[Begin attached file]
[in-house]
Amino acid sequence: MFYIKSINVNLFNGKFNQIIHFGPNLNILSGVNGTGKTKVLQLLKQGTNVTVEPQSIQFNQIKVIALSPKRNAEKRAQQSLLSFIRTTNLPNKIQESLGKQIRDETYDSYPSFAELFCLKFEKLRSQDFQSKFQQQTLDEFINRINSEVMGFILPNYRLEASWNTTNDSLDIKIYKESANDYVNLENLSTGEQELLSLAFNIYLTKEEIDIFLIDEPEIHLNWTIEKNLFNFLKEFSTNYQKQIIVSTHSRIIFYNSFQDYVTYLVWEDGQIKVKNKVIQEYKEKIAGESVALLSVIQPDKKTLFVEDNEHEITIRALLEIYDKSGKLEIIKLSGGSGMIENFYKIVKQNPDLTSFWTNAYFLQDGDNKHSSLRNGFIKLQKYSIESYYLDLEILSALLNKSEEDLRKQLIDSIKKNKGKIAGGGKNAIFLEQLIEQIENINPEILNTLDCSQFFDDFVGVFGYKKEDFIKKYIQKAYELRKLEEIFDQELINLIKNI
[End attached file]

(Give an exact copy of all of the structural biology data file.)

[in-house]
Amino acid sequence: MFYIKSINVNLFNGKFNQIIHFGPNLNILSGVNGTGKTKVLQLLKQGTNVTVEPQSIQFNQIKVIALSPKRNAEKRAQQSLLSFIRTTNLPNKIQESLGKQIRDETYDSYPSFAELFCLKFEKLRSQDFQSKFQQQTLDEFINRINSEVMGFILPNYRLEASWNTTNDSLDIKIYKESANDYVNLENLSTGEQELLSLAFNIYLTKEEIDIFLIDEPEIHLNWTIEKNLFNFLKEFSTNYQKQIIVSTHSRIIFYNSFQDYVTYLVWEDGQIKVKNKVIQEYKEKIAGESVALLSVIQPDKKTLFVEDNEHEITIRALLEIYDKSGKLEIIKLSGGSGMIENFYKIVKQNPDLTSFWTNAYFLQDGDNKHSSLRNGFIKLQKYSIESYYLDLEILSALLNKSEEDLRKQLIDSIKKNKGKIAGGGKNAIFLEQLIEQIENINPEILNTLDCSQFFDDFVGVFGYKKEDFIKKYIQKAYELRKLEEIFDQELINLIKNI